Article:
Hepatology and Gastroenterology Research Group
+61 3 9496 5582
Dr Chandana Herath
Liver fibrosis and its end-stage sequelae of cirrhosis and liver cancer are major causes of morbidity and mortality in Australia and throughout the world and their prevalence is rising, largely due to the increasing impact of chronic liver diseases including non-alcoholic fatty liver disease (NAFLD) and biliary diseases. It is hoped better disease prevention and more effective therapies will help reduce this disease burden. However, there remains a major need to identify potentially modifiable factors which exacerbate liver injury and fibrosis and to develop therapies that can prevent or slow liver scarring. This is particularly true for NAFLD, a disease which affects up to 30% of the adult population and is now a major cause of the premature illness and death, but for which there is still no established drug therapy.
Our group conducts translational research investigating the pathophysiology of liver fibrosis/cirrhosis and hepatocellular cancer using a number of animal models of liver disease. These animal models include dietary models such as short-term methionine and choline deficient (MCD) and long-term high fat high cholesterol (HFHC) models which produce pathological lesions similar to those that can be seen in patients with NAFLD/NASH. Our biliary fibrosis models include short-term bile duct ligation (BDL) and long-term model of Mdr2-KO mice. In addition, we have also developed a number of perfusion models such as liver perfusion model and mesenteric vascular perfusion model to study hyperdynamic splanchnic circulation that develops from hemodynamic changes associated with activated systemic as well as local renin angiotensin system (RAS) in cirrhosis. We are also using a number of mouse liver-cancer models to study the potential of therapies we developed. The translational studies in humanized mouse models have been designed to test various therapies before we commence our human studies in patients with liver disease.
Our studies will significantly improve understanding of the role of the RAS and advanced glycation end products (AGEs) in liver disease and the potential impact of modulation of these pathways on hepatic fibrogenesis, mesenteric hemodynamics and portal hypertension. Importantly, these studies are largely translational. They include therapies that have been successfully applied in other human diseases, including selective tissue upregulation of a specific gene, and are therefore likely to have a major impact on the treatment of human liver disease.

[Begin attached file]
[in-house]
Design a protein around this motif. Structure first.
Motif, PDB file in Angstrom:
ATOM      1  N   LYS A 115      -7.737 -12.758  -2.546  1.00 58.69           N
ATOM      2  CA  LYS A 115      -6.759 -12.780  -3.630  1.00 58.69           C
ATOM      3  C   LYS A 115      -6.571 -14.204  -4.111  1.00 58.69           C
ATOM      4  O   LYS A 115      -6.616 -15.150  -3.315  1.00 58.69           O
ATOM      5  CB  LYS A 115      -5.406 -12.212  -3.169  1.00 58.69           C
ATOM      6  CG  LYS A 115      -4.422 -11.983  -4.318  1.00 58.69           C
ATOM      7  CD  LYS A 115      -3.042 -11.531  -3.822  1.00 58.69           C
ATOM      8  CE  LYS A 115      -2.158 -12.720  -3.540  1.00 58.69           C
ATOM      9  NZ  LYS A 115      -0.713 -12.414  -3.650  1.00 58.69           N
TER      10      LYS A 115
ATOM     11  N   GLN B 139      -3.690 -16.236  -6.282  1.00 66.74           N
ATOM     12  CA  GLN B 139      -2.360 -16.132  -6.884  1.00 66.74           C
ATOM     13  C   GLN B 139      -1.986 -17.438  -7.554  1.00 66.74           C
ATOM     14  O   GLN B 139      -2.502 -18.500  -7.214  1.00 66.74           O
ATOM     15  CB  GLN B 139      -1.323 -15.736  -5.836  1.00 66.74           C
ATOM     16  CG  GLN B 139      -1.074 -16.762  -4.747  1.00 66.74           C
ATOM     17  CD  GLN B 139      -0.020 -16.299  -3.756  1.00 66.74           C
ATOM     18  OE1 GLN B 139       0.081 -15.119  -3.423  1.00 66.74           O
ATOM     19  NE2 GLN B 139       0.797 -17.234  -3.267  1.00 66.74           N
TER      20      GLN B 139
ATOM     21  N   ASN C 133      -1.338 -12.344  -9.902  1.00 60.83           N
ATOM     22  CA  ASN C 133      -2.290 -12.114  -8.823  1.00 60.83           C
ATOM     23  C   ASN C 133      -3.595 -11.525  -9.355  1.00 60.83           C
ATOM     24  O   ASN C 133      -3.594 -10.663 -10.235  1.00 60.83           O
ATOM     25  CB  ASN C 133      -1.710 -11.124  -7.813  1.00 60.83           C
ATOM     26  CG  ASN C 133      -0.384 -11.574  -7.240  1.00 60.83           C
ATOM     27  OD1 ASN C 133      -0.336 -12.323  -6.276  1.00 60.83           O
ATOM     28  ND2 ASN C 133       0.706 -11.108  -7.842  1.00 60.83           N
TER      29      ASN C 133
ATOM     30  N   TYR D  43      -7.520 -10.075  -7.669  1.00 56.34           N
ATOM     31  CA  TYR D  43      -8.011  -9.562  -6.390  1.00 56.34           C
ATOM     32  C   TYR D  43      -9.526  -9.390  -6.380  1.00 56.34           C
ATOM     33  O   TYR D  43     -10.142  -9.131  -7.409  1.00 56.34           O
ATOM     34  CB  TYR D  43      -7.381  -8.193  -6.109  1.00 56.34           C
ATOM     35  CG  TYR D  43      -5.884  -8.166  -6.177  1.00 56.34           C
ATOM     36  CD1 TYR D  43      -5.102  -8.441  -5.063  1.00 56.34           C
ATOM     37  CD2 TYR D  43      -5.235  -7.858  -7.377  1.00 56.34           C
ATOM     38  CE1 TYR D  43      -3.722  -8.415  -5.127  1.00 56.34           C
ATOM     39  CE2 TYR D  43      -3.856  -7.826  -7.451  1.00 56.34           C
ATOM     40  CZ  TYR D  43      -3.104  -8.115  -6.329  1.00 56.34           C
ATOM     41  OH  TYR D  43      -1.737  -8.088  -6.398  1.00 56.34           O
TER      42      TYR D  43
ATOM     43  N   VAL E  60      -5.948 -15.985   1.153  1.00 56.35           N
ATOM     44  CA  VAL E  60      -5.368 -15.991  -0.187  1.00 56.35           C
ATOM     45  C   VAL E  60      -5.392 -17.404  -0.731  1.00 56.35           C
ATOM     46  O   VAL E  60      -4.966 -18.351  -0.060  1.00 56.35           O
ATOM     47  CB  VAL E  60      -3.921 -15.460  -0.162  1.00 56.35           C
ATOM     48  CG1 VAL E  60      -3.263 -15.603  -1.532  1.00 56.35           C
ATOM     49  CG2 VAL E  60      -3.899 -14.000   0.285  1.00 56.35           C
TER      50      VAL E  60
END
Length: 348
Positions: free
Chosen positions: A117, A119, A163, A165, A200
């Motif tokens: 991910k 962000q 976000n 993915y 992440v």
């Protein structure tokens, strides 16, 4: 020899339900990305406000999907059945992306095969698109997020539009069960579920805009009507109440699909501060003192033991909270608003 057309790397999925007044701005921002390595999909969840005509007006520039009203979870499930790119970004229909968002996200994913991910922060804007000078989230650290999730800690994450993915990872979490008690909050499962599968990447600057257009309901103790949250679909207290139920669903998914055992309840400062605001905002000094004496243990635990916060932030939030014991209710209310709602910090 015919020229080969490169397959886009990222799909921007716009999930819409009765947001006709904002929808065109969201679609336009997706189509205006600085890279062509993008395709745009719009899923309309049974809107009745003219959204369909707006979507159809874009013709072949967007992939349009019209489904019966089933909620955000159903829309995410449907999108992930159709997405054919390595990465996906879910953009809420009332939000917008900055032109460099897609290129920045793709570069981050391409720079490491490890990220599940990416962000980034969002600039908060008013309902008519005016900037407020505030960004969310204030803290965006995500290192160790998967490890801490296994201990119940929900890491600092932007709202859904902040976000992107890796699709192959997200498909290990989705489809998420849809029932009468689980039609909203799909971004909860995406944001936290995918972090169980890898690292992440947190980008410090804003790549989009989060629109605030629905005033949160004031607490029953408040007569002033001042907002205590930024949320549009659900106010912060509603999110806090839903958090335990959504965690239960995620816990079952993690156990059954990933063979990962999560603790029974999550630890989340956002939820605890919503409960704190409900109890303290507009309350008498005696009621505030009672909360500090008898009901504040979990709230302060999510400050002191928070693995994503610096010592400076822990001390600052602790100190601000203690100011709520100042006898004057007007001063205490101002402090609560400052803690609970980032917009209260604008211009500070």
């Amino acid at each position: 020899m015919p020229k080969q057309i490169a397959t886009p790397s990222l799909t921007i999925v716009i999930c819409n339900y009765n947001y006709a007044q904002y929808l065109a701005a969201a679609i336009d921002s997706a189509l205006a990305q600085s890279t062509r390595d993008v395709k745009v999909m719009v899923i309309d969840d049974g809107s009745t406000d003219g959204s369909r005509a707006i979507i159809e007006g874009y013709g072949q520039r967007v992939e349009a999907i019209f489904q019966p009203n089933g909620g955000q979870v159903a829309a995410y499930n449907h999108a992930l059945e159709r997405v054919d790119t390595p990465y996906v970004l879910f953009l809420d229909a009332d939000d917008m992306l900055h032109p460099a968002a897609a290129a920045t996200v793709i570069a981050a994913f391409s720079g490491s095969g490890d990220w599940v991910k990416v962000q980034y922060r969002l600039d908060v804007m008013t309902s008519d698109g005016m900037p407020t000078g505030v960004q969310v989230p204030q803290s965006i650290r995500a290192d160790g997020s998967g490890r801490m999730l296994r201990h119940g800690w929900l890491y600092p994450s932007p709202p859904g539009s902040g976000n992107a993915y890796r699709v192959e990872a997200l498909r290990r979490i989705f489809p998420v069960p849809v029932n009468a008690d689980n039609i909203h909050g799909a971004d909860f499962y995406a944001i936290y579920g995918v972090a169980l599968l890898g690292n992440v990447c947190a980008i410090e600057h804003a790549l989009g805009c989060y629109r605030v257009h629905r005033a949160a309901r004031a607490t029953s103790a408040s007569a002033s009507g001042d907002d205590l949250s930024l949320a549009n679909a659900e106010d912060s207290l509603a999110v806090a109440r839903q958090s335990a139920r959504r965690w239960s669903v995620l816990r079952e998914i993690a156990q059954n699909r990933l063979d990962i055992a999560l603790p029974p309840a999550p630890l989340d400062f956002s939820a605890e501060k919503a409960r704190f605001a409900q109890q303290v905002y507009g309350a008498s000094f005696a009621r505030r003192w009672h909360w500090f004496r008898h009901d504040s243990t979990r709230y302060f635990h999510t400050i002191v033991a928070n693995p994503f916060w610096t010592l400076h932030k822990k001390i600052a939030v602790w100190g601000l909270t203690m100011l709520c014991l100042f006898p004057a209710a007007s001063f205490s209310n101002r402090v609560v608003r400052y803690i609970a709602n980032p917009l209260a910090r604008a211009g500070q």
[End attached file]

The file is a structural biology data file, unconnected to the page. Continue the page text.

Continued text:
- Professor Peter Angus, Medical Director of Victorian Liver Transplant Unit
- Dr Chandana Herath, Honorary Senior Research Fellow,
- Dr Adam Testro, Gastroenterologist & Honorary Fellow, Melbourne Clinical School
- Dr Christopher Leung, Gastroenterologist, Department of Gastroenterology, Austin Health, Clinical Lead, Melbourne Clinical School
- Dr Indu Rajapaksha, Research Officer
- Dr Lakmie Gunarathne, Research Officer
- Professor Ian Alexander, Childrens Hospital Westmead, University of Sydney
- Professor Josephine Forbes, Glycation & Diabetes Complications, Mater Research, University of Queensland
- Professor John Furness, Department of Anatomy & Neuroscience, The University of Melbourne
- Associate Professor Sof Andrikopoulos, Department of Medicine, Austin Health, The University of Melbourne
- Associate Professor Alexandra Sharland, Department of Surgery, Central Clinical School, University of Sydney
- Professor Jonel Trebicka, Department of Internal Medicine, University of Bonn, Germany
- Professor Missaka Wijayagunawardane, Department of Animal Science, University of Peradeniya, Sri Lanka
- Associate Professor Keerthi Siri Guruge, National Institute of Animal Health, Tsukuba, Japan
- Dr Anthony Zulli, College of Health and Biomedicine, Victoria University
- Dr Harinda Rajapaksha, LaTrobe University
- NHMRC project grant: Novel therapies targeting the alternate renin angiotensin system in chronic liver disease (2017-2021).
This Research Group doesn't currently have any projects
For further information about this research, please contact Professor Peter Angus
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